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Predictability Despite Uncertainty in Cyber-Physical Systems
Dr. Sanjoy Baruah, University of North Carolina at Chapel Hill
Monday, March 6th, 3:30pm
Fred Kaiser Building, room 2020/2030, 2332 Main Mall, UBC (find parking)
It is required of many cyber-physical systems that their run-time behavior be predictable prior to deployment. Due to cost and related considerations, there is an increasing trend towards implementing such systems using general-purpose (commercial off-the-shelf, or COTS) components; since COTS components are typically designed to ensure functional correctness, it is difficult to validate non-functional properties for systems built using such components.
We will explore the challenges that arise in ensuring timing predictability for safety-critical systems that are implemented upon COTS platforms and that interact with uncertain environments, and discuss how the discipline of real-time scheduling is beginning to respond to these challenges by devising new models and methods for the design, analysis, and implementation of such safety-critical systems.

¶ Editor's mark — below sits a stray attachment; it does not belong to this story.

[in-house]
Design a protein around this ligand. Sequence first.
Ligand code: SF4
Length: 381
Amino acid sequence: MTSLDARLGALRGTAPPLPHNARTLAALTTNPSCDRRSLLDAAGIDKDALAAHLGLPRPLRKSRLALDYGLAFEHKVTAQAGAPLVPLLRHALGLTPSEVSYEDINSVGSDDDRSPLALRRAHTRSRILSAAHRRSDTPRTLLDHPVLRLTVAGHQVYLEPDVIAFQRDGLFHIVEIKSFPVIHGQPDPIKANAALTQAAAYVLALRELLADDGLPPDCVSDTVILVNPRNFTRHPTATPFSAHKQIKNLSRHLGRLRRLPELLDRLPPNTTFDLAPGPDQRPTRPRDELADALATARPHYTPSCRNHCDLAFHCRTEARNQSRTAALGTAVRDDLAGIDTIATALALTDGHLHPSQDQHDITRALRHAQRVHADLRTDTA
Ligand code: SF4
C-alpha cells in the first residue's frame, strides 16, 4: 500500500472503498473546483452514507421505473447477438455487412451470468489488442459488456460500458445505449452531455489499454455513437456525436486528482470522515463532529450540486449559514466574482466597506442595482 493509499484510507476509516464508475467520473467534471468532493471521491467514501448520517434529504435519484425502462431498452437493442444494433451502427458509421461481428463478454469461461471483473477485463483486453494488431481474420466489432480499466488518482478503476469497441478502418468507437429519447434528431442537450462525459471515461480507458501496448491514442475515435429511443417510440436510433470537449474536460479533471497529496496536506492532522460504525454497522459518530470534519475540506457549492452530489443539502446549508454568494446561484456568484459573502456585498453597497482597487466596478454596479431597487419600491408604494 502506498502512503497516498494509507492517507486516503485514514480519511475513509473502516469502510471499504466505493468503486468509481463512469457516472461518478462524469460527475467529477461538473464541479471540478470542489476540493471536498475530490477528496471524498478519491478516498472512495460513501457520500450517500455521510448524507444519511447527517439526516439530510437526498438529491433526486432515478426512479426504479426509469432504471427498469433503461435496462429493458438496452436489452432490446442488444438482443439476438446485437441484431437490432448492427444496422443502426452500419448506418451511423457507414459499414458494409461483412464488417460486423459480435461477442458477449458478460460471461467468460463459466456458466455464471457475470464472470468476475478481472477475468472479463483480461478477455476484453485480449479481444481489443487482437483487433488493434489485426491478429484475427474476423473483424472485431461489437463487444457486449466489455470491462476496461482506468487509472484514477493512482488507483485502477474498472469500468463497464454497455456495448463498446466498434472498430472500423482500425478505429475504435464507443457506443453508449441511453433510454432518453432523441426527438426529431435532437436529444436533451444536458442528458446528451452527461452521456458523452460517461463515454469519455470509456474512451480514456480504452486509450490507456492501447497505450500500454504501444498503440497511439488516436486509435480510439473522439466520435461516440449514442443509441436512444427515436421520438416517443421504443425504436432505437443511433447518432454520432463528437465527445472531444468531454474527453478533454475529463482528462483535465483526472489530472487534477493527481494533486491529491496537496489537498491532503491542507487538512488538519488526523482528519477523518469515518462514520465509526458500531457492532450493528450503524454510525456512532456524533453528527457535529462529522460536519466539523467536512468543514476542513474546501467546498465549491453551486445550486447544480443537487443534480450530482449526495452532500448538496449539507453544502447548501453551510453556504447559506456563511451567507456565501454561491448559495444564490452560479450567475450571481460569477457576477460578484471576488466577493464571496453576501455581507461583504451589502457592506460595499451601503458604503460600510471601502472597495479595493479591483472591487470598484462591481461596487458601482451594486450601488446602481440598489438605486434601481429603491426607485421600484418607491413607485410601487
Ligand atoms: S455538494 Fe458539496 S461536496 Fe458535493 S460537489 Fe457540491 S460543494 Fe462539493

Sanjoy Baruah is a professor in the Department of Computer Science at the University of North Carolina at Chapel Hill. He received his Ph.D. from the University of Texas at Austin in 1993.
His research and teaching interests are in scheduling theory, real-time and safety-critical system design, and resource-allocation and sharing in distributed computing environments. In 2014, he received the Outstanding Technical Achievement and Leadership Award from the IEEE Technical Committee on Real-Time Systems for his contributions to the development of real-time scheduling theory over the past two decades.
The ECE Colloquium brings distinguished international research specialists to our campus to speak about their work. Each year our faculty members invite speakers who are leaders in fields that are of particular importance to the work currenty taking place at ECE.